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Tuesday 3 March 2015

Guido Fawked - Blogger Of Convenience

[Update at end of post]

The tendency of certain newspapers to play both sides of the field - the Mail is probably the supreme exponent of the genre - has, it seems, percolated down the food chain to the perpetually thirsty Paul Staines and his rabble at the Guido Fawkes blog. Staines was telling last month that he had moved away from blogging, only to later find the label useful as a means of promoting Himself Personally Now.
Fart in lift Inquiry hits damp patch

When talking to the Guardian - note also that Staines plays both sides of the field here too, laying into the paper when it suits him, then all too ready to use it to garner publicity - he told thatI am very nervous about moving away from the blog concept but we are more of a news website now. We’ve dropped the term ‘blog’ from the masthead”. So, got that? The founder of the Fawkes blog says it’s no longer a blog.

But then a problem entered: Andrew “Brillo Pad” Neil, highly regarded by the Fawkes folks not least because he is the head man at the Spectator, where Staines’ tame gofer, the odious flannelled fool Henry Cole, has been inexplicably given a berth, has given an interview to the quarterly magazine Calibre where he has passed favourable comment on the blogosphere, especially when compared to the mainstream press.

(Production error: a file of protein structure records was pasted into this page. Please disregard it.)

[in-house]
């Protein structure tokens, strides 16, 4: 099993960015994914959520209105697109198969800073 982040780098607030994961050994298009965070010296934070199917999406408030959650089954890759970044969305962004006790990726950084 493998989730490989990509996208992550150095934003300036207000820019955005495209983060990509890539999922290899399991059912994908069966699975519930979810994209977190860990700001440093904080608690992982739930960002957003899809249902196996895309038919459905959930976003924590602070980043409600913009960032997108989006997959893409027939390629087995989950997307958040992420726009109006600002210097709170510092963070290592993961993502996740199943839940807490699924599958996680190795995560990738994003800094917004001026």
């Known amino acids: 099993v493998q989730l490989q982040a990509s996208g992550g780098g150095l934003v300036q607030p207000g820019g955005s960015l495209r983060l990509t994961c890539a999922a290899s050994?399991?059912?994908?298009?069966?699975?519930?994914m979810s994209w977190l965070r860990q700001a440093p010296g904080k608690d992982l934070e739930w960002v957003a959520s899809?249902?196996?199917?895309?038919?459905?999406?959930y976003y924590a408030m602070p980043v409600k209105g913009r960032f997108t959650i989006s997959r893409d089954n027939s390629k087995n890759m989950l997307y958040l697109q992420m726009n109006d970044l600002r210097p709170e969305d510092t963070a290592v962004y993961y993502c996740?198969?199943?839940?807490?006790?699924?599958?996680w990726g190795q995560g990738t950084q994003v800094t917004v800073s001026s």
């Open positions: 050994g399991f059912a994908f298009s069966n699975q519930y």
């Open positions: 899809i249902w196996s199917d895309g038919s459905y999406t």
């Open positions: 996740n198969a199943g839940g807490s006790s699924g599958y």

As Roy Greenslade has noted, he “argues in his Calibre interview that although newspapers are ‘still an important part of the debate’, bloggers and the Twittersphere cannot be ignored”. And here’s the quote: “I read more bloggers now than mainstream columnists, because they’ve got more interesting things to say. Too many columnists today make you think, ‘Yeah, I think you’ve said that 10 times before and I’ve just noticed your column has not got a single fact in it’”. I wonder who he was referring to, er, Paul?

Staines’ quote is also highly selective: Neil also said during the interview that “I don’t even read the Sun and it’s my job to read everything that’s politically important. I think that’s a symbol of the declining power of the mainstream media”. The Greenslade piece quoting that interview is titled “The Sun no longer has any political clout, says Andrew Neil”.

Now, I’ll take this nice and slowly so that the Fawkes rabble can grasp the implications of their enthusiastic recycling of Neil’s words. What would be the name of the Murdoch title that gives The Great Guido a regular column? Ooh, that would be the Sunday edition of, er, The Sun. And there is Paul Staines’ Twitter account endorsing part of an interview in which someone says that same paper no longer has any political clout.

And, Fawkes folks, who gave the interview? Andrew Neil. You people over there in Guidoland do know that Creepy Uncle Rupe and Brillo did not part company on the best of terms, don’t you? Rupe might not take kindly to having Neil’s adverse comments on the influence of his best-selling UK title quoted back at him. But some folks would rather blow their own trumpets rather than keep diplomatically schtum.

The people looked from blog to news, and news to blog. Another fine mess.

[UPDATE 1935 hours: as if the Fawkes rabble could not make themselves look yet more ridiculous, their latest attempt to smear Mil The Younger has served only to give Miliband more publicity, and make the Fawkes folks look like the pretentious wannabes they all too often appear to be.

In trying to badger Labour MP Toby Perkins, who rightly said "Oh what a tragic shadow of its former self Guido has become", someone from Guidoland told him "This is important investigative journalism". Yeah, right. However many times they repeat it, it won't turn them into Woodward and Bernstein. Another fine mess]

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